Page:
Apr 11, 2017, 09:54AM

The Problem With Fantasy Baseball

It's hopelessly outdated.

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Even diehard fantasy sports fans have to admit there’s a problem here. Taking on its current form in 1980, fantasy baseball is the original fantasy sport—even if fantasy football is currently the most popular. But like the ballparks the game is played in, the oldest does not necessarily mean the best and certainly without any renovations, they become dilapidated.

Whether rotisserie or points-based, the average fantasy baseball league is based around 10 stat categories: batting average, home runs, RBI, runs scored, and stolen bases for position players and wins, strikeouts, ERA, WHIP, and saves for pitchers. What stands out in a rotisserie style league is that all the stats hold the same weight. To win the matchup, a player would just need to lead in more categories than their opponent. It might mean something if all those stats were equally as valuable. But they’re not.

Points-based leagues do a better job deciphering the value of different categories. With that in mind, however, they expose another important flaw: for many sabermetric-minded baseball fans, most of these stats do not have much value. Pitching wins are the woolly mammoth. Sure, quality pitchers tend to accumulate wins, but it relies heavily upon run support and the defense behind a pitcher. Last year, 2016 AL Cy Young Award winner Rick Porcello posted a 3.15 ERA and won an MLB-best 22 games partly because he received—on average—6.83 runs from his offense per start. In contrast, 2010 AL Cy Young winner Felix Hernandez went 13-12 with a 2.27 ERA because his team mustered just 3.06 runs per start—less than half of what Porcello got last season and the worst run support in the majors. James Shields had just as many wins as Hernandez that year with a 5.18 ERA.

RBI, runs, and saves fit the same category as pitching wins where players rely on their teammates also excelling to bolster their own statistics. The Boston Red Sox, Colorado Rockies, and Chicago Cubs were one, two, and three in the league in both stats last year. But they were also one, two, and three in OPS (on-base percentage plus slugging percentage) which has developed into one of the more widely-used hitting metrics, yet it’s still one most fantasy baseball leagues lack. 

And then there are saves, where your team has to be leading at the end of the game for you to have a chance to earn one. A great closer on a poor team is not going to do much for a fantasy team, even if they are talented. Next.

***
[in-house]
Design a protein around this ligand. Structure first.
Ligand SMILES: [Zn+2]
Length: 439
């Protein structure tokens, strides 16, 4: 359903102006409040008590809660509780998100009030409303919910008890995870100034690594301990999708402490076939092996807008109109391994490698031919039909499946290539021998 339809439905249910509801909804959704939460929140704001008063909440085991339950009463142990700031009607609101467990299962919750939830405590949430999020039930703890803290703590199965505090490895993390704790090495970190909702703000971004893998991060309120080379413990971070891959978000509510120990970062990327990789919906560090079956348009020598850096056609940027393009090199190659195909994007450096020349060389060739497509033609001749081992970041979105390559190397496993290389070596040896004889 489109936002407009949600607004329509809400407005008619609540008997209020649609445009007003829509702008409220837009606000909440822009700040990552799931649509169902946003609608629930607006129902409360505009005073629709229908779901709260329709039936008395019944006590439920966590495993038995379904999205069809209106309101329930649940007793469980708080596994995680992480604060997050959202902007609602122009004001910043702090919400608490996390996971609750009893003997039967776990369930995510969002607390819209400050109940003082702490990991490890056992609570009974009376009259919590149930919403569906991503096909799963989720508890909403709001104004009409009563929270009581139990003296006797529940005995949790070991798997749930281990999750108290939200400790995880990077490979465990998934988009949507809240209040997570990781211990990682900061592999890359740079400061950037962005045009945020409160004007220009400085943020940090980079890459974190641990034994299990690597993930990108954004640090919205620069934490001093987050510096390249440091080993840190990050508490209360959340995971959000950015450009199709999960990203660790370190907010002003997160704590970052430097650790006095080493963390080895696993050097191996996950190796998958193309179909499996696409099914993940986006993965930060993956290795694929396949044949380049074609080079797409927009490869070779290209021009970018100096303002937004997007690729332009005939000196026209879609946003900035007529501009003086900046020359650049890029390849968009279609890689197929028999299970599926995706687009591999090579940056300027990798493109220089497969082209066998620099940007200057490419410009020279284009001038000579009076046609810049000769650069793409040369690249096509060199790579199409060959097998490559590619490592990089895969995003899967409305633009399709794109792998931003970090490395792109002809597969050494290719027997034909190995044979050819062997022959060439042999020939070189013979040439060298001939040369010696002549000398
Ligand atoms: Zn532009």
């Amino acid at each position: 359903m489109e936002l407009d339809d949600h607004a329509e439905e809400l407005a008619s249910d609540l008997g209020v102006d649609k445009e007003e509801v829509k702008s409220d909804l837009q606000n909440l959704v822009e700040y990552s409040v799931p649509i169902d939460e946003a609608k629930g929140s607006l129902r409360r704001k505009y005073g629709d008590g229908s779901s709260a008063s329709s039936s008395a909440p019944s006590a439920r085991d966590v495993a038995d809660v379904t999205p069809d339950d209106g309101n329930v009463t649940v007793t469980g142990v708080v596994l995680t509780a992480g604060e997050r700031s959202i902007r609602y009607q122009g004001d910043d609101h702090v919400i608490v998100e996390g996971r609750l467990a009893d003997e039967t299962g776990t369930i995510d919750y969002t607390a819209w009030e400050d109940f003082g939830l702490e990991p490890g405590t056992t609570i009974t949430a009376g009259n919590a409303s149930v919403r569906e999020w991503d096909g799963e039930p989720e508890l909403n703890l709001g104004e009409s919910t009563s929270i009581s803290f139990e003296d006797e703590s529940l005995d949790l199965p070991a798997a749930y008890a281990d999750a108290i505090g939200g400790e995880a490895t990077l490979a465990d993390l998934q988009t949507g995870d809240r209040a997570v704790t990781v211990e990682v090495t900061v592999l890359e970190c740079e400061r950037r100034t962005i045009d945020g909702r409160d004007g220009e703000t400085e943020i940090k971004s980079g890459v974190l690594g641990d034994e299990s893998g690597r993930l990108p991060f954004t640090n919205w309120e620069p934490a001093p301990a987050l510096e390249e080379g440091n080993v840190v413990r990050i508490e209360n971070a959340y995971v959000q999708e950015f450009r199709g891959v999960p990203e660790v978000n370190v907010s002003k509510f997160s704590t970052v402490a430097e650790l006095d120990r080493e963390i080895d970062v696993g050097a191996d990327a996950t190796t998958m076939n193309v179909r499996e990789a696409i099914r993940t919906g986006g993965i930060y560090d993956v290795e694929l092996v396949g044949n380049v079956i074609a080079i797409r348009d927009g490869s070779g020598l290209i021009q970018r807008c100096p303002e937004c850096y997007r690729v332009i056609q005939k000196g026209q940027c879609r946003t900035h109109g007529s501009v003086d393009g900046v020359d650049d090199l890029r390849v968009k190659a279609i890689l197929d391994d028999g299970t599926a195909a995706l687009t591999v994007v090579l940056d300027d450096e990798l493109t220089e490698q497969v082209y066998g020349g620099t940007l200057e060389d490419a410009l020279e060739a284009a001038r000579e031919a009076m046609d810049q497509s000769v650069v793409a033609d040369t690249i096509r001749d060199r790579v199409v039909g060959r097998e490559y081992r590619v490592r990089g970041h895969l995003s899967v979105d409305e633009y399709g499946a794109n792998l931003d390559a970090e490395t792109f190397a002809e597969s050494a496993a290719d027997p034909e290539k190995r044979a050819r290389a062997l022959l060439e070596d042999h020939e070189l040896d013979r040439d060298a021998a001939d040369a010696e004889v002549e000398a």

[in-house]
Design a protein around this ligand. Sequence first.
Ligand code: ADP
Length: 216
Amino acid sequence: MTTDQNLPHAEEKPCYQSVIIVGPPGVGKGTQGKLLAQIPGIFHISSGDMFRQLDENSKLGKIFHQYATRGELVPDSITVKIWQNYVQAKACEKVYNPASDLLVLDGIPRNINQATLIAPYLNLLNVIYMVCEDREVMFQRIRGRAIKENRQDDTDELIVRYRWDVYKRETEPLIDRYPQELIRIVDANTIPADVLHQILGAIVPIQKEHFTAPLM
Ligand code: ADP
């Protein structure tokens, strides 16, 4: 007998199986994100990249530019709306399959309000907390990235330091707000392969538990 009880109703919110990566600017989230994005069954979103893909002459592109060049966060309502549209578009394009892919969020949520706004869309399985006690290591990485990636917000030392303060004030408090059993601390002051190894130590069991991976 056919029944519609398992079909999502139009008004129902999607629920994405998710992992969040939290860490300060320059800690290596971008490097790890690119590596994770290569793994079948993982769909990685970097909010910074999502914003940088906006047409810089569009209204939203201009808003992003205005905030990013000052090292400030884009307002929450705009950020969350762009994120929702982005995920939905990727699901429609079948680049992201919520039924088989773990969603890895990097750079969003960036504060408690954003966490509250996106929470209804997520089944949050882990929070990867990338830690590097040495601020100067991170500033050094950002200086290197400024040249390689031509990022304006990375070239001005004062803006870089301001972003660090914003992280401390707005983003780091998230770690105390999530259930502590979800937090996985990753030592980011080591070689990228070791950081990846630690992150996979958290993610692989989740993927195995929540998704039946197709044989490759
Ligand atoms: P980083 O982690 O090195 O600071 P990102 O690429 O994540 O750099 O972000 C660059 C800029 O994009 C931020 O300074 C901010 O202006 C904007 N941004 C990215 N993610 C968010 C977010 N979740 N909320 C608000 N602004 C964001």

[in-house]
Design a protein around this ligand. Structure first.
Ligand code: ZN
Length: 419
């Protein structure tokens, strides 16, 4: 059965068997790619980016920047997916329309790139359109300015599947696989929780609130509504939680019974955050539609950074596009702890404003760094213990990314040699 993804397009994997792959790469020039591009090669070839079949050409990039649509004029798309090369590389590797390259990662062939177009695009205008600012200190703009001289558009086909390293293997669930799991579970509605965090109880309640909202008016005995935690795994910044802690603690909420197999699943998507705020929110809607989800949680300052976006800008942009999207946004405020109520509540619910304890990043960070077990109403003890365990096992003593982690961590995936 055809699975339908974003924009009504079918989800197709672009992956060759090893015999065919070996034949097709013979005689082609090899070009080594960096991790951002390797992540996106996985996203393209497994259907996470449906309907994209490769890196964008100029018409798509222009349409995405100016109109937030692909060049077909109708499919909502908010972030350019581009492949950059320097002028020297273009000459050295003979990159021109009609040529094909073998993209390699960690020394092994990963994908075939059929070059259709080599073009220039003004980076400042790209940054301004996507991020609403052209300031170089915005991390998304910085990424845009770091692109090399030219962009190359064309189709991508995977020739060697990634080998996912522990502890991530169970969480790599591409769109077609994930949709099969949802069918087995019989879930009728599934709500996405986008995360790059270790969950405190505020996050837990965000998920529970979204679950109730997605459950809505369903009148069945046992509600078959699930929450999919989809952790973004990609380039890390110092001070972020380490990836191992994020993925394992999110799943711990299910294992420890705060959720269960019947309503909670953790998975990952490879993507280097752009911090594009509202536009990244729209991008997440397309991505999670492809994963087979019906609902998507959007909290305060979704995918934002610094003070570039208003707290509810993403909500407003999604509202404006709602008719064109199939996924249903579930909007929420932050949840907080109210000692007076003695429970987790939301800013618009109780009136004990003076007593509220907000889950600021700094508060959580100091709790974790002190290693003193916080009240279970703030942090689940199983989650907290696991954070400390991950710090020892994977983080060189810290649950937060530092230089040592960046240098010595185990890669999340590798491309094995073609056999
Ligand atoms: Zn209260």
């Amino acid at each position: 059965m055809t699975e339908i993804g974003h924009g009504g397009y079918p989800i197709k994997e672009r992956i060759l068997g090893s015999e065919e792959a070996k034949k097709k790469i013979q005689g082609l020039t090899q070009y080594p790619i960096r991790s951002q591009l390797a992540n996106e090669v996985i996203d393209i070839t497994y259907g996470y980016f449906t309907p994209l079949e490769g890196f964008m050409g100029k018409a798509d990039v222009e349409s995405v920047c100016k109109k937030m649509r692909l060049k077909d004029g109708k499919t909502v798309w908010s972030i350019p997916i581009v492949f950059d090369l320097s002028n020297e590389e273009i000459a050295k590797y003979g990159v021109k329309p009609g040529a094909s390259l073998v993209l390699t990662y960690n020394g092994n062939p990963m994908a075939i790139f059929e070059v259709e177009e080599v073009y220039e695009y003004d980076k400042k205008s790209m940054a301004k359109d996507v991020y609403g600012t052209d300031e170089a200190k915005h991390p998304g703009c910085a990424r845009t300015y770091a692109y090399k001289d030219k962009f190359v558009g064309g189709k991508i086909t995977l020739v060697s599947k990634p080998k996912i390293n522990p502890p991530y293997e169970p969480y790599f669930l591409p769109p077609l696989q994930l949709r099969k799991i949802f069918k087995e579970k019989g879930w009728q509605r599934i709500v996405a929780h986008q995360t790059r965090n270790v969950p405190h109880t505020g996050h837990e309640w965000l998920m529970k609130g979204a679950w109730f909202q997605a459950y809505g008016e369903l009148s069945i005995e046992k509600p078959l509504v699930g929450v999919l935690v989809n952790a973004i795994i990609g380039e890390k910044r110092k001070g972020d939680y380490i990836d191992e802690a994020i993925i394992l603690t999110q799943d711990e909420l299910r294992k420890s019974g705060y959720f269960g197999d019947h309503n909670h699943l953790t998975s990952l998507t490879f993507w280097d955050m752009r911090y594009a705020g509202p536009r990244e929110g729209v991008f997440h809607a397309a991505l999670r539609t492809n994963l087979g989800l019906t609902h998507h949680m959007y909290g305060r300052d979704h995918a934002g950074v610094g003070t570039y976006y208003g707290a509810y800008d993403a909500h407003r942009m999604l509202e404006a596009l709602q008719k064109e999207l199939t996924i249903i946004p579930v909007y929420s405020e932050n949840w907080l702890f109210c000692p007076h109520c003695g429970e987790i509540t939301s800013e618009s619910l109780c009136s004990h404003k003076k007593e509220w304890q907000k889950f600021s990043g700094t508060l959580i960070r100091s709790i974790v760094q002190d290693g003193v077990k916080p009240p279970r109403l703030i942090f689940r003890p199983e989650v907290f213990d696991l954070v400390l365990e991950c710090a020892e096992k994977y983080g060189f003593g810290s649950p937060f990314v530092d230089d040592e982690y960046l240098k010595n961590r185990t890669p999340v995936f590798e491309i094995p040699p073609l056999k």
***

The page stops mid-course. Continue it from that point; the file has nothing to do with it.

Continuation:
One could also argue WHIP doesn’t account for a pitcher’s ability to escape jams and stolen bases don’t necessarily lead to run production. Even those who believe they’re important can admit a home run beats a stolen base and ERA ousts WHIP. These 10 categories ignore position player’s defense which hardly makes it about picking up the best players possible so much as it does capable hitters—even if their defense is detrimental. Even though Kevin Kiermaier’s WAR made him a top-10 outfielder in the majors in 2015, he was ranked 67th among outfielders (250th overall) in fantasy prior to the following season.

After navigating the game's suspect stats, then comes the major issue: it's way too long. Major League Baseball's schedule is vigorous with games almost every single day for six months. The lone breather is the All-Star break. That’s how you know most people aren’t in it for the money.

To be competitive, team "managers" have to set their lineup every single day and scout not only other teams, but also the free agent market for available upgrades. Those who are serious about winning even take splits into consideration every single game for optimal result, which takes time out of the day—time not everyone has. But even missing a few days in a competitive league could spell the end of one's season. This is hardly fantasy football where 90 percent of the teams are played on the same day. And since teams only play one game per week, someone can fall out of bed hungover and set their lineup for the week with a few clicks. There’s no need to worry about how a running back hits against left-handed pitching at Yankee Stadium.

So what about daily fantasy baseball? Maybe if you want to be eaten alive by sharks. Even when factoring in key splits (righty/lefty, ballpark, weather, home/away, hot streaks, time of day, lineup, opponent quality, health, umpires, etc.) in hopes of finding value picks, one day is a small sampling and makes for unpredictable results. Instead of worrying about obsolete stats and individuals on teams you see play, relax, watch your favorite team, and enjoy baseball. The amount of people who play fantasy baseball is trending downward anyways, which makes sense because it’s a flawed game and it’s not changing anytime soon. 


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